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In the Dark

Between Hate and Love

Blue Ruin
Produced by The Lab of Madness
Written and directed by Jeremy Saulnier
Distributed by RADiUS-TWC

Hateship Loveship
Produced by The Film Community
Directed by Liza Johnson
Written by Mark Poirier from Alice Munro’s story
Distributed by IFC Films

Revenge, we’re told, is a dish best served cold.  But is this true?  Director Jeremy Saulnier decided to put this maxim to the test with his new film, Blue Ruin.  His method couldn’t be simpler.  He shows us what happens when revenge is served hot—not to mention wildly and ineptly.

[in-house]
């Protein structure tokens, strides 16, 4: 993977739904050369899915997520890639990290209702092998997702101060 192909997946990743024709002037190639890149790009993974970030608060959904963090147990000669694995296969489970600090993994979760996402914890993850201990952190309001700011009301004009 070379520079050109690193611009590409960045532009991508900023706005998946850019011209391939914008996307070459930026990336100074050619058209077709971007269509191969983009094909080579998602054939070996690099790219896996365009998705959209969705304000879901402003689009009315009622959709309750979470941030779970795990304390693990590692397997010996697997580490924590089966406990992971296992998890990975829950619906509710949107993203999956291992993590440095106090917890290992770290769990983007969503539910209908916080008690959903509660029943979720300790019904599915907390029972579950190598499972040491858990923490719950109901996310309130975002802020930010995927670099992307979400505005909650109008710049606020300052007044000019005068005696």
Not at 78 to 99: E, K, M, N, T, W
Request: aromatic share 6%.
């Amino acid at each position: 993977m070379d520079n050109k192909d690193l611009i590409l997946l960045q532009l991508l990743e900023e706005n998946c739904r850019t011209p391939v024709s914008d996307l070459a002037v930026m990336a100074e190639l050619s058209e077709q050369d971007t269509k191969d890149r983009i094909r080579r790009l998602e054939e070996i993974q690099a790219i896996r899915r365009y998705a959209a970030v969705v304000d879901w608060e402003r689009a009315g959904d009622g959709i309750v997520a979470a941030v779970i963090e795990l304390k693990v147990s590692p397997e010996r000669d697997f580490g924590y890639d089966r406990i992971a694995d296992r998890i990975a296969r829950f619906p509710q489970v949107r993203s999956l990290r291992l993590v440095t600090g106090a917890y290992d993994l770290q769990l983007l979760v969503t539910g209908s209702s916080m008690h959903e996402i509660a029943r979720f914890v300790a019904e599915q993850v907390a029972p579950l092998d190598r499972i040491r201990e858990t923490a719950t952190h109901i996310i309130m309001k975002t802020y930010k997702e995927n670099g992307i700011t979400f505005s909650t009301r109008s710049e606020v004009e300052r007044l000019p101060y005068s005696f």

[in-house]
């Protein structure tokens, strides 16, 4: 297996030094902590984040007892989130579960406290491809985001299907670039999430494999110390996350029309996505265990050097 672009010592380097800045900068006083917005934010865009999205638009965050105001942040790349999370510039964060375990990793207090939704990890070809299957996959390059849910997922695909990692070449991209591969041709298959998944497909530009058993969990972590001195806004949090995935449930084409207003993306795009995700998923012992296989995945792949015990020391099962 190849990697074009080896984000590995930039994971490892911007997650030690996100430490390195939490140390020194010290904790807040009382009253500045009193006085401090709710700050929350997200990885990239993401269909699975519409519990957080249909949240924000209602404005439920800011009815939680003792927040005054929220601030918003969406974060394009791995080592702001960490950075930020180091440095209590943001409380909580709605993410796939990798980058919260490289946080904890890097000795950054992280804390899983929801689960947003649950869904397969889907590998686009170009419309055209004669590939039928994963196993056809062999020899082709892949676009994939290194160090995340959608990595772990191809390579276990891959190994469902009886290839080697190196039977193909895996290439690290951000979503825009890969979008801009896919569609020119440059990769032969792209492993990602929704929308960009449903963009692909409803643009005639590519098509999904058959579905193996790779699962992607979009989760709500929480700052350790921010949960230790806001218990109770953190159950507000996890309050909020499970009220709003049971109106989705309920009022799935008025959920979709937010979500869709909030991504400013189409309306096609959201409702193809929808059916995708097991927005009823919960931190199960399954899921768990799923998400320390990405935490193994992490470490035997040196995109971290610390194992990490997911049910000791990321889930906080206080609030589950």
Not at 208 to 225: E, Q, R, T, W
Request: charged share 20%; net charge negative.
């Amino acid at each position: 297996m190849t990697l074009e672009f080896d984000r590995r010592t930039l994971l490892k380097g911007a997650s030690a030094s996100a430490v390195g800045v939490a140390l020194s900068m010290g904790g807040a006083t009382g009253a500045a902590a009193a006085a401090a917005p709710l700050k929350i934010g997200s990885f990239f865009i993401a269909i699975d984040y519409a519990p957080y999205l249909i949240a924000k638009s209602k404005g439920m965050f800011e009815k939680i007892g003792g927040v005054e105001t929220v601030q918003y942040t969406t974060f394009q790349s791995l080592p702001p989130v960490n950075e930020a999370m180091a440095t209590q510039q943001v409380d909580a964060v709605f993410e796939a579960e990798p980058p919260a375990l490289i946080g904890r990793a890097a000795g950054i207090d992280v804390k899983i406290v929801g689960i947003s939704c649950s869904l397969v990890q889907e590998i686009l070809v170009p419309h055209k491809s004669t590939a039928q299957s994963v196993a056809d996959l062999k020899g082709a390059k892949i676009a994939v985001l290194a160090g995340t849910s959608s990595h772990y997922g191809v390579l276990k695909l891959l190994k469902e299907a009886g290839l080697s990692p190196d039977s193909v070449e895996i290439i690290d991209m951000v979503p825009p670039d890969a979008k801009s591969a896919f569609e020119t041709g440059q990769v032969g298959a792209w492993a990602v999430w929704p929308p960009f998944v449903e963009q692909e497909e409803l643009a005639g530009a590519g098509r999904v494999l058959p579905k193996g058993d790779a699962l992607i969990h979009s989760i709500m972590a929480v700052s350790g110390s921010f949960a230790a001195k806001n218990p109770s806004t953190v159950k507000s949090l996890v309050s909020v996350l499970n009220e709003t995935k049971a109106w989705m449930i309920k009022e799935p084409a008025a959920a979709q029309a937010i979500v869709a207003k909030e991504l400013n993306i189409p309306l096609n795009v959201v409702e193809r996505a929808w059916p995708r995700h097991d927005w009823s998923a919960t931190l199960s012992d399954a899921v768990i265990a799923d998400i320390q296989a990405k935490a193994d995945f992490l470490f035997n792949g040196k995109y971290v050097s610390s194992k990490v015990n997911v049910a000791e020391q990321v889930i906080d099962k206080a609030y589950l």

Saulnier’s title, Blue Ruin, seems to refer to the decomissioned blue Bonneville that belongs to the film’s protagonist, Dwight (Macon Blair).  Beneath its plentiful rust, its original color shows through here and there.  There’s also the echo of a homemade gin trafficked during Prohibition.  Those who drank this azure-tinged rotgut were thought, with good evidence, to be inviting blue ruin into their lives.  Like his car, Dwight is decommissioned, and although (as far as we can tell) he doesn’t drink, he certainly has an alcoholic’s obsession with doom.  Some 10 or 15 years earlier (the chronology is vague), a roughneck named Wade Cleland shot his parents to death, leaving Dwight...

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